The Danube Strategy should be applied starting with the first half of next year, jointly with the other states in the region and the European Commission, but it requires solid projects, such as a network of highways, high-speed trains and flights, said Romanian Prime Minister Emil Boc on Monday. "Sometimes it is easier to get from Bucharest to Paris, London or Brussels, than to have a direct connection with Sofia, Zagreb or Belgrade. This must change," said Boc speaking at the Danube Summit in Bucharest.
He has also asked for the creation of an international institution to handle projects related to the Danube Delta and the Black Sea, and for better use of bodies managing illegal migration, such as the Southeast European Cooperative Initiative (SECI) Regional Center for Combating Trans-border Crime.
Some of the most important projects Romania hopes to carry out via the Strategy are the Danube-Bucharest canal, building two new bridges to Bulgaria, rebuilding port infrastructure and creating an international institute for the study of the Danube Delta's ecosystems.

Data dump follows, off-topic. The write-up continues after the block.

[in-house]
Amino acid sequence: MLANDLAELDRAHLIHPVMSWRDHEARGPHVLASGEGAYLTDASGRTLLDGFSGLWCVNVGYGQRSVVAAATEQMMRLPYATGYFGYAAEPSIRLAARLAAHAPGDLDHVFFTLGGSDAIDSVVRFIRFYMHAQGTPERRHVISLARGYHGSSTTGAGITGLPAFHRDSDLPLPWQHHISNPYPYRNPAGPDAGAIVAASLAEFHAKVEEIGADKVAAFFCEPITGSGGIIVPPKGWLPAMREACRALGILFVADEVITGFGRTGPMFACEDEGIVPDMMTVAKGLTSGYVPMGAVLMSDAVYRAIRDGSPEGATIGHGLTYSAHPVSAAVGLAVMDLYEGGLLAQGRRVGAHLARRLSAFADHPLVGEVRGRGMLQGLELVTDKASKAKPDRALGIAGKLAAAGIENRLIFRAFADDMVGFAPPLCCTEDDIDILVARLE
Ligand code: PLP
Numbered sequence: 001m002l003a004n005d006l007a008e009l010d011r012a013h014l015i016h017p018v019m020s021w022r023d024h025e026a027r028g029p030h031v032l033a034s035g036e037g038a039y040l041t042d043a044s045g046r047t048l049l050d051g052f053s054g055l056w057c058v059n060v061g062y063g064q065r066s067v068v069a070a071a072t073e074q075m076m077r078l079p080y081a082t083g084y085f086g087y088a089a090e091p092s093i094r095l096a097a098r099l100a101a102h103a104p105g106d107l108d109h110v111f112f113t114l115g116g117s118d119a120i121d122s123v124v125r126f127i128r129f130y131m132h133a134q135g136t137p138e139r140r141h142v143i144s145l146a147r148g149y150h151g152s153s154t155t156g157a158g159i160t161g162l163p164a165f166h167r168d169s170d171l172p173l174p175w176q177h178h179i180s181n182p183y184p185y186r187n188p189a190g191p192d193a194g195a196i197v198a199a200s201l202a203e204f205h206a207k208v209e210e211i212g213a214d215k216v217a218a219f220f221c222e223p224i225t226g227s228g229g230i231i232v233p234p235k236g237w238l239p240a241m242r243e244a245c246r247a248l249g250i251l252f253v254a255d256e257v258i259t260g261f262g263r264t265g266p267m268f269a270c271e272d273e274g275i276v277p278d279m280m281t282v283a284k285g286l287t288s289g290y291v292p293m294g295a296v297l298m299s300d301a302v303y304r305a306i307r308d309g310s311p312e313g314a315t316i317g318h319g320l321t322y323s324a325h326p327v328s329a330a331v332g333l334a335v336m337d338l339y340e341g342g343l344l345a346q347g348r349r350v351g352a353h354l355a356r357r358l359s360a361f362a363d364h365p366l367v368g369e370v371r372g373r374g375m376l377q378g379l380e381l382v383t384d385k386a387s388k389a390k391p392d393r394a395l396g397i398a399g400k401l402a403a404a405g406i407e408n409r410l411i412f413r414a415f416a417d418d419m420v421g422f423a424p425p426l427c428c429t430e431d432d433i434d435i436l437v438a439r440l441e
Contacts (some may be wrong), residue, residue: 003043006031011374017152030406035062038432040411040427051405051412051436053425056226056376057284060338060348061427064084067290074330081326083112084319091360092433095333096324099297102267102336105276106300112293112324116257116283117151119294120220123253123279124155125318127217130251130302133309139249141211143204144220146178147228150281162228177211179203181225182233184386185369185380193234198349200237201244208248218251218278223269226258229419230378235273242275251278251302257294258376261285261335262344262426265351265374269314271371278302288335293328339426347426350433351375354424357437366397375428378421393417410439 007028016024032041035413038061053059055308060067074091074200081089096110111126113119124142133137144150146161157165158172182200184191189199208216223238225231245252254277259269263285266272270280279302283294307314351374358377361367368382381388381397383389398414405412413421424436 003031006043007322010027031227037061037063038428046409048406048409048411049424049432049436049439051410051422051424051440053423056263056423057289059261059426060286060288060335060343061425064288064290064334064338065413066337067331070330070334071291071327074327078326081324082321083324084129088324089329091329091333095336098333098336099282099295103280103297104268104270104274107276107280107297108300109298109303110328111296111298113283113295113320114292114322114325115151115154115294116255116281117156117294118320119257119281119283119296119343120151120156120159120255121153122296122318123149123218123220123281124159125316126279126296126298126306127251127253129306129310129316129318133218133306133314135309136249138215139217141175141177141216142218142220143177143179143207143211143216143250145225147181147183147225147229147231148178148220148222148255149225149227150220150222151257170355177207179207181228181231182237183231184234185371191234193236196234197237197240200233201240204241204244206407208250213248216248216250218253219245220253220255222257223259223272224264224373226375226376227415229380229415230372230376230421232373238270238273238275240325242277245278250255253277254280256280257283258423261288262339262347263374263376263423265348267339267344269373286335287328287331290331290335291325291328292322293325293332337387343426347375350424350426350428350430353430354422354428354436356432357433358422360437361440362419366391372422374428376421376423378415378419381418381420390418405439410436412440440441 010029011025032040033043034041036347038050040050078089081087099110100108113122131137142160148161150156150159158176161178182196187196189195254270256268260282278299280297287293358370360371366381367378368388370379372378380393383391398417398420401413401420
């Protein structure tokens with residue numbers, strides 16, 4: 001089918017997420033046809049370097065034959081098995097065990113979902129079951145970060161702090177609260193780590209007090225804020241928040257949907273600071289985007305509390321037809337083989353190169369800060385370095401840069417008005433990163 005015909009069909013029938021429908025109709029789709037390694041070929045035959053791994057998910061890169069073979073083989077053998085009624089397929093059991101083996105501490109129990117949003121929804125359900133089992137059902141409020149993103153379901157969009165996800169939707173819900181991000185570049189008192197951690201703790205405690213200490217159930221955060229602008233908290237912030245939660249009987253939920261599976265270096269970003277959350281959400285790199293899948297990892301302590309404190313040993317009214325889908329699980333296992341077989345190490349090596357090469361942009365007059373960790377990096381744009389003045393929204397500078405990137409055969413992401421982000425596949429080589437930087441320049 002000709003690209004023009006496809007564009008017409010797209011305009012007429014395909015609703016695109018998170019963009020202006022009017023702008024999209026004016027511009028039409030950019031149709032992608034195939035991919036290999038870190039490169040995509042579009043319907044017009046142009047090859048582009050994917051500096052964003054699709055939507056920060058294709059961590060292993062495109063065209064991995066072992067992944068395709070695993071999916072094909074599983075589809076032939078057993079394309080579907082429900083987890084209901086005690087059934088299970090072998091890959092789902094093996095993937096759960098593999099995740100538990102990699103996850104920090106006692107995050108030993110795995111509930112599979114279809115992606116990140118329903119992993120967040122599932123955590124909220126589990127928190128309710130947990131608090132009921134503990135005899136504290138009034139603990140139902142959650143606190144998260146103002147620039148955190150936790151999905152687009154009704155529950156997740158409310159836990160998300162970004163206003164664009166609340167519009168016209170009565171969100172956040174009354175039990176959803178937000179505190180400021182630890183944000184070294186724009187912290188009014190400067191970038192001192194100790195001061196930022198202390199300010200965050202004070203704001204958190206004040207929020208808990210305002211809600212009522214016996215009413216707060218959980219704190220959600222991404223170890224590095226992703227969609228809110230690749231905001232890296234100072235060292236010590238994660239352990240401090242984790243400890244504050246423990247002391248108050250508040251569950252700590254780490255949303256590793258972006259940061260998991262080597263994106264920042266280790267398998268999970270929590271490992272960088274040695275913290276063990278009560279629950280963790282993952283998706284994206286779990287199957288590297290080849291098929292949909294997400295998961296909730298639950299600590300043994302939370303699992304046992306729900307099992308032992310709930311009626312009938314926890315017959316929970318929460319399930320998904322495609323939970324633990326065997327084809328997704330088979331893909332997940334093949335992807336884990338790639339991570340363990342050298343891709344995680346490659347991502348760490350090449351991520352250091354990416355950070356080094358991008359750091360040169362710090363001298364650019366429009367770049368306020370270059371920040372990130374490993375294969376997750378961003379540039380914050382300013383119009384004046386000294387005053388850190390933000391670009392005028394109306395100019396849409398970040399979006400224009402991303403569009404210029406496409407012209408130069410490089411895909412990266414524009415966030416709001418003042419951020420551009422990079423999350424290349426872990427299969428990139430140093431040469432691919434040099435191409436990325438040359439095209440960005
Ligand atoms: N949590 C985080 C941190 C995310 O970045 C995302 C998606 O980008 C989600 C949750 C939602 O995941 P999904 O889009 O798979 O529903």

The Danube Summit brings together 22 delegations comprising the heads of government of the 14 states on the Danube basin, European Commission officials, representatives of six riparian German and Austrian states, the city of Ulm, Germany, and Poland as observer. The meeting is held in the Palace of Parliament, Bucharest.
(in picture: Danube river passing through Budapest)